For those who have access to today’s Financial Times (and those who don’t), I strongly recommend an article in the weekend supplement Life & Arts, which this weekend is a Special Edition ‘Inside the Mind’. The article is about the way that Romilly works as a jeweller with three collaborators, who she calls translators: how she designs very elaborate and complex works in her head and then describes what is required not through drawing, which she is unable to do, but through precise, but esoteric, verbal description, a highly developed personal shorthand. It’s on page 6, next to Donatella Versace and Catherine Deneuve.
7 thoughts on “Romilly Saumarez Smith”
and a fine article it is, too. Romilly’s work is always stunning, and continues to change and evolve over time. Her dedication to giving proper credit to her collaborators is as admirable as it is unusual in these times.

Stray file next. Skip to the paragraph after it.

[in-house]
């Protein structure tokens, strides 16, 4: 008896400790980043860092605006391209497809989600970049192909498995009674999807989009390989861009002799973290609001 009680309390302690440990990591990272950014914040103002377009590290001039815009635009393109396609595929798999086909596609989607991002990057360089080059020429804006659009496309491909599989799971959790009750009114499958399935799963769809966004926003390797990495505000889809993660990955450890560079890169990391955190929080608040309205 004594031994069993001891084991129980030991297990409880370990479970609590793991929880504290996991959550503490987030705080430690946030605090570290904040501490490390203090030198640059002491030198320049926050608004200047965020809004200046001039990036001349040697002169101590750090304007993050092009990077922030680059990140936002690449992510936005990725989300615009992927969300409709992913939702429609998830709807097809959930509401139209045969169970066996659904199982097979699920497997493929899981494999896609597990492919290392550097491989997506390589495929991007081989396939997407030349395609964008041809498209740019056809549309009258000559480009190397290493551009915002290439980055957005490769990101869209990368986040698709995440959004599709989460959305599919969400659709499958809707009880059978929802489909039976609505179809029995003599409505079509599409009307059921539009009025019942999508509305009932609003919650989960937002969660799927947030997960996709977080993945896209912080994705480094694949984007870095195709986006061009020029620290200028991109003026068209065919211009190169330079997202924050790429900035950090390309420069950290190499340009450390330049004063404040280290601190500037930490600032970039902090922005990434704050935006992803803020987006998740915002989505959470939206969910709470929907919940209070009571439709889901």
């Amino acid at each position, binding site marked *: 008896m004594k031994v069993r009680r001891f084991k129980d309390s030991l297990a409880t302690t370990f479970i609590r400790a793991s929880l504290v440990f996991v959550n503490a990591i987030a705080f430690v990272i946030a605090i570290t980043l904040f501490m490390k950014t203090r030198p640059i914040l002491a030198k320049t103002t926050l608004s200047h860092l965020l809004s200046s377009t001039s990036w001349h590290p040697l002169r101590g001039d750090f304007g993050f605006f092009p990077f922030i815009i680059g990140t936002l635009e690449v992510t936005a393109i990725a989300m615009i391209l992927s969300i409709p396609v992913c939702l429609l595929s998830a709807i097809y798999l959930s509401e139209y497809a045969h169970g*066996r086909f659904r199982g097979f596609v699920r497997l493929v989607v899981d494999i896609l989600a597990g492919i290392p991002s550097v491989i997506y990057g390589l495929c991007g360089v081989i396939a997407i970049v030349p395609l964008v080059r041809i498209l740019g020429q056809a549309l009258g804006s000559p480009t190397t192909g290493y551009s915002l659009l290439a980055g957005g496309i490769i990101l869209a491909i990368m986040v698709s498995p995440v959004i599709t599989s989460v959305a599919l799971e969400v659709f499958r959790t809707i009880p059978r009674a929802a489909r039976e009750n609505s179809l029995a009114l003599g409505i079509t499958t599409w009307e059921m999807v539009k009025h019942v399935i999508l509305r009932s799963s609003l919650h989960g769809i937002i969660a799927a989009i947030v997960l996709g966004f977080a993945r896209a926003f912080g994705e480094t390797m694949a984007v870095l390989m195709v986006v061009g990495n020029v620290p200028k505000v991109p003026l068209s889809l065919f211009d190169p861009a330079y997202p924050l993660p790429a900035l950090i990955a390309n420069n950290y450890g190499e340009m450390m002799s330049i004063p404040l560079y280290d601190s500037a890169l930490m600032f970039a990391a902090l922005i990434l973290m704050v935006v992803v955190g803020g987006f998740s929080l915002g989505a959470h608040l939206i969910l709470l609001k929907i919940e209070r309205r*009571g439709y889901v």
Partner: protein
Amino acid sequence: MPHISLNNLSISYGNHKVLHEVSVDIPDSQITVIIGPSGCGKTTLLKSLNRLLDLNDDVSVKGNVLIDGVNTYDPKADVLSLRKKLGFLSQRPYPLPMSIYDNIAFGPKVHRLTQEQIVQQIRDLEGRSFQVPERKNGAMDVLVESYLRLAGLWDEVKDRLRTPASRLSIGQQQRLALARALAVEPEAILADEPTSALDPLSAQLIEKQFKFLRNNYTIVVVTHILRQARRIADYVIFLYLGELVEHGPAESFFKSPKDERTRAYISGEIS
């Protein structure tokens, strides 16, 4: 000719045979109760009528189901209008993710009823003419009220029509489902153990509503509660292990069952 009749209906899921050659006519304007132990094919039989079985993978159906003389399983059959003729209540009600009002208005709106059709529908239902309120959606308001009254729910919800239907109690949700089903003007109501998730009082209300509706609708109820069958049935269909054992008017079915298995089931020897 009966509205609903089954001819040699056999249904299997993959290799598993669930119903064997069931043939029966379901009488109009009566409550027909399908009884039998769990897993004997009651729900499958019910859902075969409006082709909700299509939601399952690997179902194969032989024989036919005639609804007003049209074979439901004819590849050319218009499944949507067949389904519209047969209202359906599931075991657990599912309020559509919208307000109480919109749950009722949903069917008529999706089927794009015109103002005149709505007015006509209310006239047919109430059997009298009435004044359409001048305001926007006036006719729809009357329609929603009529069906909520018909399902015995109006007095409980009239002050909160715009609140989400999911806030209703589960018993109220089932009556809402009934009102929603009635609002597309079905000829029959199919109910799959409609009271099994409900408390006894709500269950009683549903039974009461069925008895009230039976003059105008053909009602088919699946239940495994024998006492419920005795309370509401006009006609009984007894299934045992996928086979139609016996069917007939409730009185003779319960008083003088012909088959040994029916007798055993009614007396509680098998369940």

Dear Richard, They have been so important and integral to the realisation of her work. Charles
A very interesting and inspiring article and story. The idea of using Memory Palaces (even if now less needed) is wonderful. As a subscriber I can share this link which should allow anyone to access the article:
Dear Nico, Thank you – much appreciated. Charles
A delightful article. I feel though that Romilly is more likely to have been inspired by Arthur Rackham than Arthur Rankin who according to Wikipedia made the animated film of the Hobbit.
Yes, a mistake, you’re right. Charles
Happened to read the article this weekend while in Birmingham and quite by chance visiting the exhibition of the Staffordshire Hoard at the Birmingham Art Gallery. I must admit to knowing little of the world of metal detecting outside of the very funny and poignant BBC comedy series Detectorists but the thought that their pursuit can end up giving life to such beautiful jewellery is a rather life enhancing one.